The tariff effect and Minnesota soybeans: What's next?

If you’re feeling queasy, we don’t blame you. As the back and forth over tariffs between the U.S. and China escalates, soybean farmers expect nothing less than a roller coaster end to the growing season.

Last month, the U.S. Department of Agriculture announced it would release $12 billion via the Commodity Credit Corp., with a third of it going to the creation of new agriculture markets, a third to purchase leftover commodities for federal nutritional programs and a third directly to farmers for soybean crops and other commodities.

You may have mixed reactions to this news. On one hand, if that ends up helping them recover, say, $1.00 to $1.50 per bushel, that would certainly balm the sting from the tariff effects. (To date, very few details have been released, so it's unclear how much farmers would ultimately get.)

On the other hand, farmers like you are resilient. You’ve weathered many challenging price cycles, including these past five years. Which is why the Commodity Credit Corp. may not be welcome news: Farmers prefer to make cash flow through the free market, not from subsidies. And then there's the psychological element. Does it mean this tariff war isn’t going away anytime soon? Suddenly, a situation that farmers hoped would end quickly seems like it’s here to stay for a bit longer.

In response, various ag groups are calling for solutions and stepping up awareness campaigns. The American Soybean Association is urging Congress committees to support negotiation of new free trade agreements with Japan and other countries.

“We need these tools,” says John Heisdorffer, president of the ASA. “The certainty and stability of our industry depends on, number one, getting these tariffs removed as quickly as possible and, number two, taking steps now to offset the damage done by this trade war by negotiating trade agreements and funding programs essential to opening new markets for our farm products.”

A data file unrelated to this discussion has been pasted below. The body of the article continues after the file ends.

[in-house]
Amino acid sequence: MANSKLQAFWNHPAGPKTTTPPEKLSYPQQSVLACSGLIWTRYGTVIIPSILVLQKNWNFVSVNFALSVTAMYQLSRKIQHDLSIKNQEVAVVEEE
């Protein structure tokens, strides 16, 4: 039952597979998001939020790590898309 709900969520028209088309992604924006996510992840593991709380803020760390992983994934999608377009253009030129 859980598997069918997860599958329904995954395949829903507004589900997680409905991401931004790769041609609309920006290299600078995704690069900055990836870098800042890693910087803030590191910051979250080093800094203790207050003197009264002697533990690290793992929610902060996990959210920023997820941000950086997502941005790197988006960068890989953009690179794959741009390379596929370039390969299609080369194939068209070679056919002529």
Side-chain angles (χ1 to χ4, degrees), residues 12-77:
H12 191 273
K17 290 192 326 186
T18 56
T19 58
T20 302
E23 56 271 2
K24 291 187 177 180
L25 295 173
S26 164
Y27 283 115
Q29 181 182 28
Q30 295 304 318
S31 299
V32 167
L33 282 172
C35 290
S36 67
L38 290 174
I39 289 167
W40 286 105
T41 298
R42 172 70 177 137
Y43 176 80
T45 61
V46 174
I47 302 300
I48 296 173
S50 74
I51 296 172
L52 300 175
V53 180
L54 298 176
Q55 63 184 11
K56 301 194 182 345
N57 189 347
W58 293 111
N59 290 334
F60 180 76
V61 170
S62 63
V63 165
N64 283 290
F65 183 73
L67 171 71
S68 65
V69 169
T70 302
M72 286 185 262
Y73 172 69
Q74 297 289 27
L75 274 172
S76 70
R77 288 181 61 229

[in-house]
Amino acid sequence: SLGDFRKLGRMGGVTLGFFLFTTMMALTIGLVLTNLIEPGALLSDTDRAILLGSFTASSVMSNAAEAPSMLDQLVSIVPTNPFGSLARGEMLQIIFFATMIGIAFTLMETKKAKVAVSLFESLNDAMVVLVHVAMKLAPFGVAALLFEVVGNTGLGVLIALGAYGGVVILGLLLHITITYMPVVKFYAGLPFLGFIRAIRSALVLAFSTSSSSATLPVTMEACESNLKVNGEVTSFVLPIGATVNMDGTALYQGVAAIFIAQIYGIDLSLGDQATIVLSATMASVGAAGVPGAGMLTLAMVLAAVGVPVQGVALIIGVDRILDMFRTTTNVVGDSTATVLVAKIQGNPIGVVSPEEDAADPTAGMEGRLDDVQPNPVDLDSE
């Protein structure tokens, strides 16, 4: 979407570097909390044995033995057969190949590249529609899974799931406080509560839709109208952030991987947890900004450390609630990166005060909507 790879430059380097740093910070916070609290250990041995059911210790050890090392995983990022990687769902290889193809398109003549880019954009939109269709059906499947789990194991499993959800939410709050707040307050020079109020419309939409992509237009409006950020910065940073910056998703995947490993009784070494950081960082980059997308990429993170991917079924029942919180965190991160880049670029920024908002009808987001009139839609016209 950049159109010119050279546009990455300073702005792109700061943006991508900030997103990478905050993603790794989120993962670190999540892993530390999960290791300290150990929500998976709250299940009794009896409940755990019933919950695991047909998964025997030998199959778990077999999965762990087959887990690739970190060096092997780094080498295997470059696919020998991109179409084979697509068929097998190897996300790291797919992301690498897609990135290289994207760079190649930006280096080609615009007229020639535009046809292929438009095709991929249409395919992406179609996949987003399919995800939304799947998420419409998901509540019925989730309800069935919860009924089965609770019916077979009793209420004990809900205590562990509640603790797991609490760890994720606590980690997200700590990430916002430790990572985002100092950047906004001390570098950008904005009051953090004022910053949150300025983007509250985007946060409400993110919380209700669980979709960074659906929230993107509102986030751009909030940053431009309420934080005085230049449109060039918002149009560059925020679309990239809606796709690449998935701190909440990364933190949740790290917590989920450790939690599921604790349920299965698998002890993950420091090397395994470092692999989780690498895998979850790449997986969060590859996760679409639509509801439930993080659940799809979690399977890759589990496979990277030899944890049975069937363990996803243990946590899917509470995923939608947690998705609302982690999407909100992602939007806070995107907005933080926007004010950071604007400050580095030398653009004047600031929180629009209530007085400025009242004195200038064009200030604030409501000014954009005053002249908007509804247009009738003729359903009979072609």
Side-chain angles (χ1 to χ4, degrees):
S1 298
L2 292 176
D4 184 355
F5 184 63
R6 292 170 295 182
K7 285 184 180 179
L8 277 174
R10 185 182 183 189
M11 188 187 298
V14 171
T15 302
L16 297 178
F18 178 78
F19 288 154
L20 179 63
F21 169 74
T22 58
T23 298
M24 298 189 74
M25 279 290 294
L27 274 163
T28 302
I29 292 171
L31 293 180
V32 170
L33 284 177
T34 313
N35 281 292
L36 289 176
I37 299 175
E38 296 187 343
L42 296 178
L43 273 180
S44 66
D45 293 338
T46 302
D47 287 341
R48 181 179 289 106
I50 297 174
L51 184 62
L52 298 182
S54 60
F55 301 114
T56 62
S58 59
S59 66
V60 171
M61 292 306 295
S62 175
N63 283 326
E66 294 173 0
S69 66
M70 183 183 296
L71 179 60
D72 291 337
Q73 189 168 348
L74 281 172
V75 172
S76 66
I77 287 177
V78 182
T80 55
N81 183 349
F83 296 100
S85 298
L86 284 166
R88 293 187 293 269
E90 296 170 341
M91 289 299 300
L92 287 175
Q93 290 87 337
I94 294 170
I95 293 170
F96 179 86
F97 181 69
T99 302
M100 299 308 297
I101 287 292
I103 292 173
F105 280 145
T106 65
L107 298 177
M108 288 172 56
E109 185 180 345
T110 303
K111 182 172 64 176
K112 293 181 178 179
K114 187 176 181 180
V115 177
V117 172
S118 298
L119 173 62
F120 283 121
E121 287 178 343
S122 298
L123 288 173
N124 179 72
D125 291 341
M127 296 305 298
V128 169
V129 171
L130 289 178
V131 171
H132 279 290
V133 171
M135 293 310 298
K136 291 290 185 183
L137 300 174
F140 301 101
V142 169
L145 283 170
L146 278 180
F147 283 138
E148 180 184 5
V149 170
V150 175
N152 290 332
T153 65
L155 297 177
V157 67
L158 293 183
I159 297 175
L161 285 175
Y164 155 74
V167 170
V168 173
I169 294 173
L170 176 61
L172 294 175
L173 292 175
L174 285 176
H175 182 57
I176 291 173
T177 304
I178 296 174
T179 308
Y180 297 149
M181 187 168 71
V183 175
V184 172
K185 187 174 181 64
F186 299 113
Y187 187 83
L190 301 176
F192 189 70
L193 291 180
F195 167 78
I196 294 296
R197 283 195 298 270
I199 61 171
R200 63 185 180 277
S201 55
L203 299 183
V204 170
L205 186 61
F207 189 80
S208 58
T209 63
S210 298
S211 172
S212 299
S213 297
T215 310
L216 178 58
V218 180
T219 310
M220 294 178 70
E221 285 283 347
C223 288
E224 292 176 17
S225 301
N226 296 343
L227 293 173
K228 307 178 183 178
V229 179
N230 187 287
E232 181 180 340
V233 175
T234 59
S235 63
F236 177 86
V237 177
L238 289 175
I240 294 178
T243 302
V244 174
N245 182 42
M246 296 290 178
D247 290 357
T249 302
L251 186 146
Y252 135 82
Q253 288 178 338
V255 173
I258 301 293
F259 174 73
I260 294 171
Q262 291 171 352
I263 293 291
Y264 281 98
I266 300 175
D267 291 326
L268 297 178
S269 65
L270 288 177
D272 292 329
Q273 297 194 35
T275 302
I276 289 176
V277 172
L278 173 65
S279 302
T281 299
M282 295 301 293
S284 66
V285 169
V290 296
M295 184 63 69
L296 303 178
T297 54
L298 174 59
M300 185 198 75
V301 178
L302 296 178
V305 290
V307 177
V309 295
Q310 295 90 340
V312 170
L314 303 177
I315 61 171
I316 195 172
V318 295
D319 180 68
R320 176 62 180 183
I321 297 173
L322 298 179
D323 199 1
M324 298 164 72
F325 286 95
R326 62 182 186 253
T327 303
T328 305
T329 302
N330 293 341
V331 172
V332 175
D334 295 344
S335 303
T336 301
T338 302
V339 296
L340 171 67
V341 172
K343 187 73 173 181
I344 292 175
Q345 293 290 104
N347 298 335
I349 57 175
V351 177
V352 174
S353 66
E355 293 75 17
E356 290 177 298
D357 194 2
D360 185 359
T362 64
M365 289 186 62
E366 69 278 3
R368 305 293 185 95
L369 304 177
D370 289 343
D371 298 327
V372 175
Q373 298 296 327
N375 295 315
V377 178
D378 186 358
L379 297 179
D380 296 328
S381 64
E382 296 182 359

In the meantime, there are a thousand takes on the effects of the tariffs and almost as many questions. Will our long-term trade relationship with China be strengthened or damaged? How much ground can we make up by expanding trade with Japan and other countries that are open to soybeans? (Recent news that the European Union agreed to buy more soybeans is a promising start.) Will the U.S.-China tariffs battle make the Brazilian soybean market into the ultimate winner?

As more answers come into focus in the coming months, it’s more important than ever to manage your inputs and balance sheets. To make sure you’re on the right path, meet with one of Minnwest Bank’s ag bankers to discuss Agri-Business Account Management. At Minnwest, we are also farmers and producers, so we’re uniquely qualified to give you the informed and professional guidance you need to weather these challenging times.

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